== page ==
UK urged to punish Nigerian officials complicit in slaughter of Christians
UK urged to punish Nigerian officials complicit in slaughter of ChristiansFollow @KnightsTempOrg
Following years of disturbing accounts of Nigerian Christians suffering extreme persecution at the hands of Boko Haram, the Islamic State, and Fulani herdsmen, authors of a newly released reportare urging the U.K. government to sanction individual government officials in the African nation who have permitted the persecution to continue.
With thousands tortured and more than 30,000 slaughtered, Nigeria is the 12th worst country in the world for persecution of Christians.
Titled “Integrating Foreign Policy, Development Policy and Human Rights Objectives: Christian Persecution in Nigeria,” the report published by Competere enjoined the U.K. government to utilize its newly instituted “global human rights sanctions regime” to deter Nigerian officials from turning a blind eye — or worse, colluding in serious human rights violations in their country.
Despite being “a signatory to a range of human rights conventions, from the UN Convention on Human Rights to the European Convention on Human Rights,” the report chided the U.K. for not having done a good job “of actually protecting people from persecution, violence and even genocide.”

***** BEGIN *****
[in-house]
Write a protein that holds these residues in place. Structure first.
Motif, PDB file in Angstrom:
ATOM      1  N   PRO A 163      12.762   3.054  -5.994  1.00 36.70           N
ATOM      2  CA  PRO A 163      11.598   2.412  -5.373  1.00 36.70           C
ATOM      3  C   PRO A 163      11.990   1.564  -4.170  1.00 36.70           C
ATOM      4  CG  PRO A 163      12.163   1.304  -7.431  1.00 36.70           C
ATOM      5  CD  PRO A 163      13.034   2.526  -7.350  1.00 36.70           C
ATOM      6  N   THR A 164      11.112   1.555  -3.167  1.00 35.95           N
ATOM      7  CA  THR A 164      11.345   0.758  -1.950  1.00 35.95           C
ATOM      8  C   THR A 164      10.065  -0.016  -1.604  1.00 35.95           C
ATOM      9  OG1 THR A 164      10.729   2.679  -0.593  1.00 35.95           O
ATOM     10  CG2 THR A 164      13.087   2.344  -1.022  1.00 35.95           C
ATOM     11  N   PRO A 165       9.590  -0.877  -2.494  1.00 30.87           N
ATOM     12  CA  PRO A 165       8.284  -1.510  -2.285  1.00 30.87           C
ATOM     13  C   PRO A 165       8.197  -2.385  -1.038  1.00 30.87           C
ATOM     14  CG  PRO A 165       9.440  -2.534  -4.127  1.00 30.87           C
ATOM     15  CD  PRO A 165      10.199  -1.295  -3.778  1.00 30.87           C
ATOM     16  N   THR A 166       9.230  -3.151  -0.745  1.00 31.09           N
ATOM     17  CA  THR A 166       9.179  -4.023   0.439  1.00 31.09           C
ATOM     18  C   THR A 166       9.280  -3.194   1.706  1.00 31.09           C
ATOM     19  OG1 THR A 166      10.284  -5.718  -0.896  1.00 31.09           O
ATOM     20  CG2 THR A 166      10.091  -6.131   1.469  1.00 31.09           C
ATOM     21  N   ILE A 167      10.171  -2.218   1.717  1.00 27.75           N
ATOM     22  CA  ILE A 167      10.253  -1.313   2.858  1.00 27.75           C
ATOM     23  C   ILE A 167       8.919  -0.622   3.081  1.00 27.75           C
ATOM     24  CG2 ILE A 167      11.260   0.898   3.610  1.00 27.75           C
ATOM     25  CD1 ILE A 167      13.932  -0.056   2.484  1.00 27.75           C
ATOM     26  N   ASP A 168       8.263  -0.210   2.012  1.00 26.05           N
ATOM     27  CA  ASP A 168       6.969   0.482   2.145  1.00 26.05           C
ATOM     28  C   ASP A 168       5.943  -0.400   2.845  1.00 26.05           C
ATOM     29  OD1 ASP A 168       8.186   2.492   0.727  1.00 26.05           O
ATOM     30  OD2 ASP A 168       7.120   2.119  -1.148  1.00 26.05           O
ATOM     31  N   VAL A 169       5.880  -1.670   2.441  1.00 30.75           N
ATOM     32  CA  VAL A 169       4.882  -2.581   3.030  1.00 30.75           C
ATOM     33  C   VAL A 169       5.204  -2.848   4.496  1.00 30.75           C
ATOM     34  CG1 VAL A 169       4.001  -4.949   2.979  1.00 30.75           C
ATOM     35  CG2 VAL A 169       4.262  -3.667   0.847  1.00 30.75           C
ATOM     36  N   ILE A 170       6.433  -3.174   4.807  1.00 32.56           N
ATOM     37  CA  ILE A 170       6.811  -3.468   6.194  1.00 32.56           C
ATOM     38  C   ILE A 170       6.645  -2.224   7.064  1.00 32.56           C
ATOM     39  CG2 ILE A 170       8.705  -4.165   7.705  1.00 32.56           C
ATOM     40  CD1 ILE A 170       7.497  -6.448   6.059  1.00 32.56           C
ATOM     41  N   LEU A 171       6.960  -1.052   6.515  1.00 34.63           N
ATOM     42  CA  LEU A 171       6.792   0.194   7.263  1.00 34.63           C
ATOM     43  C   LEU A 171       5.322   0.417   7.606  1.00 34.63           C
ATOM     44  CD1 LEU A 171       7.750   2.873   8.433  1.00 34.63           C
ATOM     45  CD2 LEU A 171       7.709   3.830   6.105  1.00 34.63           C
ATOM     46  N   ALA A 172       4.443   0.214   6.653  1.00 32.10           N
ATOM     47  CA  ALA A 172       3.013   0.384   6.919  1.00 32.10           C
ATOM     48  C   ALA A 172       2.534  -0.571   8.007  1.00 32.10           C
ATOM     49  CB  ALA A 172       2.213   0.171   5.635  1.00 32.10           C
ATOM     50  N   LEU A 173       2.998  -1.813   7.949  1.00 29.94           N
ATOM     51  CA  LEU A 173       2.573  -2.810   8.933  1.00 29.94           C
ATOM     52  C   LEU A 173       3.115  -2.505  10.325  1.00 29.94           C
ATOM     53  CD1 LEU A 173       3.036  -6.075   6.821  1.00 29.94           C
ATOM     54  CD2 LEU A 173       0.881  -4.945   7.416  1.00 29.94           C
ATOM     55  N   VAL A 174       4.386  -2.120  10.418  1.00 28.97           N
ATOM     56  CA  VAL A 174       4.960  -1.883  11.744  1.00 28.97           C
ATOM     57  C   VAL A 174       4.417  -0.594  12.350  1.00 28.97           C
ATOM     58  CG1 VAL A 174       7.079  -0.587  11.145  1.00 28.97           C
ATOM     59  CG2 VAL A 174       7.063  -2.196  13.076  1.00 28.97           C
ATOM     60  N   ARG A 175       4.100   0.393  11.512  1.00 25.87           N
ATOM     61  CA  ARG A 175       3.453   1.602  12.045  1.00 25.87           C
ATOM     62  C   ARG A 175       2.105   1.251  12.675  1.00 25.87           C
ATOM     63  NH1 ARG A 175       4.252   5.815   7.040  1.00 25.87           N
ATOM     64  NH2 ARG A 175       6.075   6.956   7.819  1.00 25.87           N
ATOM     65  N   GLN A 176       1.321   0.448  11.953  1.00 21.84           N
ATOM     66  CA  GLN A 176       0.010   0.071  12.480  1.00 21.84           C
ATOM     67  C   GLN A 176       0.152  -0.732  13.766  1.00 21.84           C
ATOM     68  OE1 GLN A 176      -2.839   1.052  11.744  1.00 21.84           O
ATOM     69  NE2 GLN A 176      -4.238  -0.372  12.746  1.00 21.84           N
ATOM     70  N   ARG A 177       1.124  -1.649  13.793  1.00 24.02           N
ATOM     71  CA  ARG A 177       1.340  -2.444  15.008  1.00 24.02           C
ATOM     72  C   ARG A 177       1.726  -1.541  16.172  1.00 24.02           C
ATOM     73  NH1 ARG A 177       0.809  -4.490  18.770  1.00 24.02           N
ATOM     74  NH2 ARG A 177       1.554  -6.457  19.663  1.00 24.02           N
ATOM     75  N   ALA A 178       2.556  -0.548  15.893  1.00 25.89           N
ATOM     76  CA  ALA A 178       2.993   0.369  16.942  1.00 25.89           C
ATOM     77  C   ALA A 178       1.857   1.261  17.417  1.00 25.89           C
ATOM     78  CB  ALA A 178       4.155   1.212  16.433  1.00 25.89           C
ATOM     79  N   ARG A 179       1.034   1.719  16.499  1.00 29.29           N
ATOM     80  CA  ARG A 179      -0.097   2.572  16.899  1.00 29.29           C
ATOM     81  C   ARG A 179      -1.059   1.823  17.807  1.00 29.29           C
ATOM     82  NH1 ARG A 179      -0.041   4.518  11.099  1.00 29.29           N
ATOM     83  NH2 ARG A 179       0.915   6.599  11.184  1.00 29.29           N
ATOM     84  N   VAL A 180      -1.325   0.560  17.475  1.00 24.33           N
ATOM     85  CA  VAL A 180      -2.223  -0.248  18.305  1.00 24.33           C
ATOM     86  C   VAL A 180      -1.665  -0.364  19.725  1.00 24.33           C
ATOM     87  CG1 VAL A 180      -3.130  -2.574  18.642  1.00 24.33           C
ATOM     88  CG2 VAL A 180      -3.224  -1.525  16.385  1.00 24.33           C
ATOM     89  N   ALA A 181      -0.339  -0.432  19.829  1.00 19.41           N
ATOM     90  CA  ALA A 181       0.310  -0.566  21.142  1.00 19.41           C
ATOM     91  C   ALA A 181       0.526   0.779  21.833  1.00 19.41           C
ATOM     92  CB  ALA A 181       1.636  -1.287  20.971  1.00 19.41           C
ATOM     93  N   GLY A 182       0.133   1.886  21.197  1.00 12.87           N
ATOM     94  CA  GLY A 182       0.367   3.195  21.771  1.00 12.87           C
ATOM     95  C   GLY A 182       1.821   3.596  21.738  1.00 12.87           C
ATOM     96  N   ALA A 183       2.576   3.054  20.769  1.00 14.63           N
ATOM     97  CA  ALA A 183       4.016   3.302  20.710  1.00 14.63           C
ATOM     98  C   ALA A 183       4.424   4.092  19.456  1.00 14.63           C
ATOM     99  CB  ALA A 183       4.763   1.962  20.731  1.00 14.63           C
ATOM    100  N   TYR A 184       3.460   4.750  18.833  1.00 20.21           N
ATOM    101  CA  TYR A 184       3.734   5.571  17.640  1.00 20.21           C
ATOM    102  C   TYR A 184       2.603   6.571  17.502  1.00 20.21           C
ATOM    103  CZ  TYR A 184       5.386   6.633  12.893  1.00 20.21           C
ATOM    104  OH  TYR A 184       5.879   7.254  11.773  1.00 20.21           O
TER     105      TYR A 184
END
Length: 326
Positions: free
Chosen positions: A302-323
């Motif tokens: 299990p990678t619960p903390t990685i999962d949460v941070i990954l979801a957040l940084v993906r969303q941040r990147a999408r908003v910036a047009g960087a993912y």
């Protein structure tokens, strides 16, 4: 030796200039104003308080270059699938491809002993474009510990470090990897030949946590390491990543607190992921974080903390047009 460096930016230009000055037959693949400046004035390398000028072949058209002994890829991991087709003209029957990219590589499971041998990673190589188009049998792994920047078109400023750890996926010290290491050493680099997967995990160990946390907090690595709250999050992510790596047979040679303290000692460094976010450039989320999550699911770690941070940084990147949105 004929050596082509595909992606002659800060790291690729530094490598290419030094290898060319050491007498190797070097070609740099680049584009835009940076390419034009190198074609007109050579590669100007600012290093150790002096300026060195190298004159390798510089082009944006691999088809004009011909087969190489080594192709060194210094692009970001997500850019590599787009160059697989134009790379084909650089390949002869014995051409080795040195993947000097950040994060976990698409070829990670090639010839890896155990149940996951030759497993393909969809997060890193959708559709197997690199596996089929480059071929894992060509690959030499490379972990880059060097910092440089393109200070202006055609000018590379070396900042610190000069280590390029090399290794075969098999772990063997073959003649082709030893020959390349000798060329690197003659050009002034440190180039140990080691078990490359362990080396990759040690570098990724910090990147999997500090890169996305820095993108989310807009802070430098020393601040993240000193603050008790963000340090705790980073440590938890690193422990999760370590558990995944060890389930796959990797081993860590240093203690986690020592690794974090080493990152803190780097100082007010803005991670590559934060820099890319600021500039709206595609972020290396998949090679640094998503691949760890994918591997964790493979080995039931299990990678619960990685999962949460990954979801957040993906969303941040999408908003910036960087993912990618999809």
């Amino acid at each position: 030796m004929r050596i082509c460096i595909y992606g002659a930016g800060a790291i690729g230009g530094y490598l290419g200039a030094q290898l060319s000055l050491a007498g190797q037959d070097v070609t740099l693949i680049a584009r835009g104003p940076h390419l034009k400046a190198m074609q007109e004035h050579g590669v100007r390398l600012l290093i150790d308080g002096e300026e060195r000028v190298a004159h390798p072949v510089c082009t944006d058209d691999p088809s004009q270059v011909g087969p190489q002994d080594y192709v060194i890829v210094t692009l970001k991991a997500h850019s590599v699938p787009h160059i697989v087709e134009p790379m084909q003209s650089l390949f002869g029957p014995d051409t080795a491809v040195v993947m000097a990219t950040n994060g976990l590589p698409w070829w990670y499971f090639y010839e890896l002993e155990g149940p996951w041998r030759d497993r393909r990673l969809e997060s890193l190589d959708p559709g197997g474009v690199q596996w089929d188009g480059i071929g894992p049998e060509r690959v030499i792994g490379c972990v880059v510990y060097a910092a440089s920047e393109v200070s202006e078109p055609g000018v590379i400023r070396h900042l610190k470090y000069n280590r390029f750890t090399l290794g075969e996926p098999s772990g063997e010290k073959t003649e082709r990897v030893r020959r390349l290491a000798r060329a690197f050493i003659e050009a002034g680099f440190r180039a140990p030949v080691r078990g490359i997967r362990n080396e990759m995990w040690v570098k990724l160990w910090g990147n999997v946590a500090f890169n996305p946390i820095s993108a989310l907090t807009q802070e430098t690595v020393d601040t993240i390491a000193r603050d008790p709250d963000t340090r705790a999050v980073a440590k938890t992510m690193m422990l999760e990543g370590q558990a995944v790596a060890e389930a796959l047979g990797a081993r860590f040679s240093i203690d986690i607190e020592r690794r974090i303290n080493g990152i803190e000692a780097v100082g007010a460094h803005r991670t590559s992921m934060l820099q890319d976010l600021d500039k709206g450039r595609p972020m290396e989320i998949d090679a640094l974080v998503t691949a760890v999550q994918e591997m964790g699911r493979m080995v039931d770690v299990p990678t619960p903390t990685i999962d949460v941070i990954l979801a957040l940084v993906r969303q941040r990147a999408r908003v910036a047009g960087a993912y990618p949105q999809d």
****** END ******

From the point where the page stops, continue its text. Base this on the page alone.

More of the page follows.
“The shambolic UN Human Rights Council (formerly Commission), made up of, as it often is, by the greatest human rights violators (in recent succession, it has counted Cuba, Venezuela, Saudi Arabia and Egypt among its recent membership) has become a global joke with regard to effectiveness,” declared the Competere report.
“If human rights violators and government officials who turn a blind eye or conspire with them through inaction understand that there are very real repercussions that could lead to a freezing of their UK assets and travels bans,” said Competere, “they will be more likely to cease and desist from such conduct.”
The report then focused on the plight of the Nigerian Christians, who constitute half of the country’s population.
Competere — a trade law and economic policy consultancy — cited a U.K. All-Party Parliamentary Group (APPG) on religious liberty recitation highlighting key points about the persecution of Christians there:
- On 4th July, 2018, the Nigerian House of Representatives declared the killing of Christian farmers in the middle belt to be genocide, and requested the government to act by establishing orphanages and taking other critical steps. [None of this has been done].
- Churches have been, and continue to, be burned in Nigeria. Five hundred churches have been destroyed in Benue State alone. One hundred churches have been burned in Taraki and two hundred abandoned out of fear. Sixty-five per cent of the Churches in Wakari have been burned.
- Killings continue. As recently as 20thJanuary 2020, Reverend Lawan Andimi, Chair of the Christian Association of Nigeria, was executed.
- On the 26th December, to coincide with the Christmas holiday, ISWAP released videos of beheadings of 10 Christian hostages and one Muslim apostate.
- As recently as 2 April 2020, three hundred Muslim Fulani attacked the village of Hukke, killing seven and setting fire to twenty-three homes.